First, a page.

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Modeling Social Dominance: Elo-Ratings, Prior History, and the Intensity of Aggression

Newton-Fisher, Nicholas E. (2017) Modeling Social Dominance: Elo-Ratings, Prior History, and the Intensity of Aggression. International Journal of Primatology, . ISSN 0164-0291. (doi:10.1007/s10764-017-9952-2) (KAR id:60947)


Among studies of social species, it is common practice to rank individuals using dyadic social dominance relationships. The Elo-rating method for achieving this is powerful and increasingly popular, particularly among studies of nonhuman primates, but suffers from two deficiencies that hamper its usefulness: an initial burn-in period during which the model is unreliable and an assumption that all win–loss interactions are equivalent in their influence on rank trajectories. Here, I present R code that addresses these deficiencies by incorporating two modifications to a previ- ously published function, testing this with data from a 9-mo observational study of social interactions among wild male chimpanzees (Pan troglodytes) in Uganda. I found that, unmodified, the R function failed to resolve a hierarchy, with the burn-in period spanning much of the study. Using the modified function, I incorporated both prior knowledge of dominance ranks and varying intensities of aggression. This effectively eliminated the burn-in period, generating rank trajectories that were consistent with the direction of pant-grunt vocalizations (an unambiguous demonstration of subordinacy) and field observations, as well as showing a clear relationship between rank and mating success. This function is likely to be particularly useful in studies that are short relative to the frequency of aggressive interactions, for longer-term data sets disrupted by periods of lower quality or missing data, and for projects investigating the relative importance of differing behaviors in driving changes in social dominance. This study highlights the need for caution when using Elo-ratings to model social dominance in nonhuman primates and other species.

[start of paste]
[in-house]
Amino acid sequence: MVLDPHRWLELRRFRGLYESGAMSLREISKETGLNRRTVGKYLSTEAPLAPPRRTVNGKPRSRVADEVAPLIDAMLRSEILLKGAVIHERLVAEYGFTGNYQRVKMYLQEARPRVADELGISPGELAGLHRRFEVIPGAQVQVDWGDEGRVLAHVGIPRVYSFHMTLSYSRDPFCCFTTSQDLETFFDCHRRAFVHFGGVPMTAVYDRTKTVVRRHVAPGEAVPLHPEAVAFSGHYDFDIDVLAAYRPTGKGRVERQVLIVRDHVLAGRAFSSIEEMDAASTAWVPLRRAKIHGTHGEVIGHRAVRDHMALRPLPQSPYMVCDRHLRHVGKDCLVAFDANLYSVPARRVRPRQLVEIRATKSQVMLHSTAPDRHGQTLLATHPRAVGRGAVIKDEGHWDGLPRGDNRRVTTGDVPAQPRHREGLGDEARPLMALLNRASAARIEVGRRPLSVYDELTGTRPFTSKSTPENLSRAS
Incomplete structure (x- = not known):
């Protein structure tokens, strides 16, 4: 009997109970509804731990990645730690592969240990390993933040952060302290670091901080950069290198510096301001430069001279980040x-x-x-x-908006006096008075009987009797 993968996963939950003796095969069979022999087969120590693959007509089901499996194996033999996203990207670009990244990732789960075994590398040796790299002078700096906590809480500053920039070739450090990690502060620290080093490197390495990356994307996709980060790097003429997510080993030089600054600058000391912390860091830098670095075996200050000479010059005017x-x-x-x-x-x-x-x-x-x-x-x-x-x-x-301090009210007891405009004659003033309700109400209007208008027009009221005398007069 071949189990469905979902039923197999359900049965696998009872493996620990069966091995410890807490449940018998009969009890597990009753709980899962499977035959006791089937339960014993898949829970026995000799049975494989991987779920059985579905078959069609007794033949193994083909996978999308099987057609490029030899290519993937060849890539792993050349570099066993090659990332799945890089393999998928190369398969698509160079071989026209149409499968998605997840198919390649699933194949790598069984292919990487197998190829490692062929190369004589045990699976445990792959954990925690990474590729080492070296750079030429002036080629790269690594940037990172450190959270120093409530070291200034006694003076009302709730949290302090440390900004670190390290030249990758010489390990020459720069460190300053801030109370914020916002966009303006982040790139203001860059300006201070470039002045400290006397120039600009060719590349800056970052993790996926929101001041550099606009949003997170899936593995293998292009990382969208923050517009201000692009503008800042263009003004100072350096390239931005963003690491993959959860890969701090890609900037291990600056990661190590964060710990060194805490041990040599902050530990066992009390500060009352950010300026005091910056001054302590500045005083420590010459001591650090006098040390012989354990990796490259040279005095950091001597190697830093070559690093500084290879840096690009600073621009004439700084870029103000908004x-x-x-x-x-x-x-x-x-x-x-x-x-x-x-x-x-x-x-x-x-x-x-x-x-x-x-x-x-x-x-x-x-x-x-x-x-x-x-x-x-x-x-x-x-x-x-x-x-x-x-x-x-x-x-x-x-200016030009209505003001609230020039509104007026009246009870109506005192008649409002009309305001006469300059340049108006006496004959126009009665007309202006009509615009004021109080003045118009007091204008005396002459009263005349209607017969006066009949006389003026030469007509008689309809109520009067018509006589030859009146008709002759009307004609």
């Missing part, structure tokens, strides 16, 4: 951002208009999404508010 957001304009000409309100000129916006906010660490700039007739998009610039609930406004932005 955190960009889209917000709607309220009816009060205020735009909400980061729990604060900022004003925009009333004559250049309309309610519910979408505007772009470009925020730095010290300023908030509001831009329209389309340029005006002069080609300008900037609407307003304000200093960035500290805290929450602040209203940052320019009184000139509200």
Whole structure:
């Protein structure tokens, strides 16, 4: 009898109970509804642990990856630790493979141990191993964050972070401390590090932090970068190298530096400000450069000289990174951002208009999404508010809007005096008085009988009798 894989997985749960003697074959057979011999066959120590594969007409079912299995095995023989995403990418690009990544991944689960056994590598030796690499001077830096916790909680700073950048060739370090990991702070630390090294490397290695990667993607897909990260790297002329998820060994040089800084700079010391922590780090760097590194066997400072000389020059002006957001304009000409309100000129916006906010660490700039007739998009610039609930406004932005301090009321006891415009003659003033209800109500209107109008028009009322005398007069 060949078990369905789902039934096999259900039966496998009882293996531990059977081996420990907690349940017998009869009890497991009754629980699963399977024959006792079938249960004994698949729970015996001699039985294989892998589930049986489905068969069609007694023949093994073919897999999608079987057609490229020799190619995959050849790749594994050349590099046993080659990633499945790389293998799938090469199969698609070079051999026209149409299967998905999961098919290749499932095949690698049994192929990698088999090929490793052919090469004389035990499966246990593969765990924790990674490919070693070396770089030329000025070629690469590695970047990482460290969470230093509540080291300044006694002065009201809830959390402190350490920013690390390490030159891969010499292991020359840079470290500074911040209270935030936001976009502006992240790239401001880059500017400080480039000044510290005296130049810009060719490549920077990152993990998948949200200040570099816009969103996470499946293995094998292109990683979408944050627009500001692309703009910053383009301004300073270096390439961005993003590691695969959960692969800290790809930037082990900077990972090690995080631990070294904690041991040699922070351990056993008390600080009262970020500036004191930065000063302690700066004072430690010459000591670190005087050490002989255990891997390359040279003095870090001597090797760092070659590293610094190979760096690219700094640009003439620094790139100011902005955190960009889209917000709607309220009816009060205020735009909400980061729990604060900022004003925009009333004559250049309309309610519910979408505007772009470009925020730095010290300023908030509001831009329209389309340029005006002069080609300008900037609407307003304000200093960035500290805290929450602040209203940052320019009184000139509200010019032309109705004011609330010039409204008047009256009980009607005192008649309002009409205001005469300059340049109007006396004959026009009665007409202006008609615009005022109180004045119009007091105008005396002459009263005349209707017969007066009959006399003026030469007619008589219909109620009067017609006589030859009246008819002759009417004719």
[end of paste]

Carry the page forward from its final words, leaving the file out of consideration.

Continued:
Item Type: Article
DOI/Identification number: 10.1007/s10764-017-9952-2
Uncontrolled keywords: Budongo; Chimpanzee; Hierarchy; Pan troglodytes; Rank
Subjects: G Geography. Anthropology. Recreation > GN Anthropology
Q Science > QH Natural history > QH541 Ecology
Q Science > QL Zoology
Divisions: Divisions > Division of Human and Social Sciences > School of Anthropology and Conservation
Funders: [37325] UNSPECIFIED
Depositing User: Nicholas Newton-Fisher
Date Deposited: 16 Mar 2017 11:31 UTC
Last Modified: 04 Mar 2024 18:47 UTC
Resource URI: (The current URI for this page, for reference purposes)

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Newton-Fisher, Nicholas E..

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